Williamsburg cocktail bar Donna closed in December 2020 after nearly a decade in business. Now, the team tells Eater that the bar will return, only this time in Manhattan’s West Village, at 7 Cornelia Street, near Sixth Avenue. It’s on track to open in March 2023.
The new spot accommodates around 50 customers, fewer than the original location, but the kitchen in the West Village is bigger, which will allow the staff to prepare more substantial entrees. The new menu will be more pan-Latin American, though they’ll still make tacos. Among drinks, expect a new cocktail menu as well as Brancolada, Paloma, and Happy Bastard from the original bar.
When Donna 2.0 is resurrected, it will be a different model than what was in Williamsburg: Leif Huckman says that he has transferred his ownership so that the new iteration will be entirely worker-owned. It’s a less common model in New York City, though one that is gaining steam across the country in pace with unionization efforts. He will stay on to consult, but the cocktail bar now lies in the hands of five employees from the Williamsburg Donna: Ulises Fuentes, Elissa May, K.C. Frank, Lauren Ruiz, and Luke Evans.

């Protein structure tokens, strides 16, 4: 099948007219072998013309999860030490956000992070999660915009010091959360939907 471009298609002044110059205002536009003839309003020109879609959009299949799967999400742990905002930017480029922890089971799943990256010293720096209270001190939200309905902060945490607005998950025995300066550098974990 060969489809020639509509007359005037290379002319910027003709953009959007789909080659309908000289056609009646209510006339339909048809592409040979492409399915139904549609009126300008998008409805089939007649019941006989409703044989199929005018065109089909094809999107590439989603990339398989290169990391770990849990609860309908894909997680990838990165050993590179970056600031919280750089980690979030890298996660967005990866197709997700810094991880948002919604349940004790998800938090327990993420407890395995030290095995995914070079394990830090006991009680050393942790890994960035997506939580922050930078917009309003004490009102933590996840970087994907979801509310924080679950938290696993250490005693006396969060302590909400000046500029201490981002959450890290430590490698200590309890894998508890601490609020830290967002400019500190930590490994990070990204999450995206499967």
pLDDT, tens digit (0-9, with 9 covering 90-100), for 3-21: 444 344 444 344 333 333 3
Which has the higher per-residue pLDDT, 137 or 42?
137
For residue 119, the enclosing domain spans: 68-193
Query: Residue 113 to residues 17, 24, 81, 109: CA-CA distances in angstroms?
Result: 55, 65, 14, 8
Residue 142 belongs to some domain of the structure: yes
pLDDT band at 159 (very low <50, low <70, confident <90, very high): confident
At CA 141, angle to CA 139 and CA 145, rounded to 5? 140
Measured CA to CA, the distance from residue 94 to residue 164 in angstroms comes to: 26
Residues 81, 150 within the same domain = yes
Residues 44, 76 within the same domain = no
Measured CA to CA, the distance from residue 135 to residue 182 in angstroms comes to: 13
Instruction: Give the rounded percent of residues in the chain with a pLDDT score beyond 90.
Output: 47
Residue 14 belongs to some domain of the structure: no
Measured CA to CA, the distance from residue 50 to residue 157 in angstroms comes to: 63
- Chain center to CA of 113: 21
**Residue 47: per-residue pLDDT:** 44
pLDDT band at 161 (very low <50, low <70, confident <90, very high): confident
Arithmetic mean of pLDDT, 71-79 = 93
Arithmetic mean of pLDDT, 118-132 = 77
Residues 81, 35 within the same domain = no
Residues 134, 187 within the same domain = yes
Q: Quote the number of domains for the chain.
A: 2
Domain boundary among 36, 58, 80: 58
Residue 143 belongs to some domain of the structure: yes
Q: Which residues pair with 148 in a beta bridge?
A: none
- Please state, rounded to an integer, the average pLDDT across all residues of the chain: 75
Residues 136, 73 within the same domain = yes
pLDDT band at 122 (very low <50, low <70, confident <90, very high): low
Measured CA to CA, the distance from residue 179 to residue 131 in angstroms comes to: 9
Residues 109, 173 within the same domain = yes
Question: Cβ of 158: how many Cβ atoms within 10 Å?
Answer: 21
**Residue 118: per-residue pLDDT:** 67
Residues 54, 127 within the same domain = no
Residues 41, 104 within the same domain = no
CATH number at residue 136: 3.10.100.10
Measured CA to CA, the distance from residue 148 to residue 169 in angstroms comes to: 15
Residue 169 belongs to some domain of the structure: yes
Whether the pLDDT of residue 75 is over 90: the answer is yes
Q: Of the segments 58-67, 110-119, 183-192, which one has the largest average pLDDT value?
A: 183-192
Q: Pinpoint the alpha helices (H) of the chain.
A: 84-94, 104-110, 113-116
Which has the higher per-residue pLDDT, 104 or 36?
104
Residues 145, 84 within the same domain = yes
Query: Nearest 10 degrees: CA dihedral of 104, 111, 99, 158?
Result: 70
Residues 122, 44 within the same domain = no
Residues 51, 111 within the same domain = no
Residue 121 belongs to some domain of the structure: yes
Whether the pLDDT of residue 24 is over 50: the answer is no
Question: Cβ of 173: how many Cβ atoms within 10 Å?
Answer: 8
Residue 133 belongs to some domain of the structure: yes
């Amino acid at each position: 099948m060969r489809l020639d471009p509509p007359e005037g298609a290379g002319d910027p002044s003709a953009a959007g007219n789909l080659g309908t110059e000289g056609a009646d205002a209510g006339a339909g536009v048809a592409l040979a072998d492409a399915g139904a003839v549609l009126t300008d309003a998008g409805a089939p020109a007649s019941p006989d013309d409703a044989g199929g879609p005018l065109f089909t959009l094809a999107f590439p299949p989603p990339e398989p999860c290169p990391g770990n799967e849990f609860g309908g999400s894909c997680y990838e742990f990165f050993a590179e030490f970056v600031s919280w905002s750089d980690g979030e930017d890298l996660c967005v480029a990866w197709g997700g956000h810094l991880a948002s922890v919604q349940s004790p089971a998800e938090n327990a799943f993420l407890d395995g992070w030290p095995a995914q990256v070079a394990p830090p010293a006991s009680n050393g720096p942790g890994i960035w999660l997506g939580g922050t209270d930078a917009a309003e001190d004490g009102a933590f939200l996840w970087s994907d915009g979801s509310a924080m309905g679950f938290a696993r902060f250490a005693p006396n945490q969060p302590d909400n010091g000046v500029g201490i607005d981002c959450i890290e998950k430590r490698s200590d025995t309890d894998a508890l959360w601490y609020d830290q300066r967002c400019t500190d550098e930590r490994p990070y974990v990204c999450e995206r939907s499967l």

Huckman was interested in the worker-owner setup because he believes it is an alternative that helps “everyone participate in the equity of the business” and creates less of a hostile relationship between workers and management. He explored the idea of going gratuity-free, as tipping, he says, “enhances our biases” and “can be a really fraught space” with little recourse for workers. But, ultimately, he felt that with bigwigs like Danny Meyer unable to “defeat the institution of gratuity,” cooperatives could provide a better pathway to benefits. (The organization The Working World aided in the transition of power).
As for jumping across the water to Manhattan, Huckman said that after he lost his lease on Broadway, he looked elsewhere in Brooklyn. Overall, though, he found that many landlords were nervous to work with a worker-owned space: “It freaked them out, and no one really understood it,” said Huckman.
Lauren Ruiz, formerly a service bartender at Donna, who joined the team just a few weeks prior to the pandemic, is now one of the worker-owners at the new iteration. “Donna was uniquely positioned for this since we already had a participatory environment,” says Ruiz, who adds that each of the new owners has around 20 percent stake in the business.
Working in hospitality for about two decades on and off, she felt the industry was unsustainable and found Huckman’s offer exciting. Without health insurance, or paid time off, “it becomes a grind, with a lot of burnout, but with the cooperative model you have more integrity for your job,” she says. She hopes more bars follow suit.
When Donna opens next spring, the bar will operate with a mix of seats bookable on Resy, with space for walk-ins.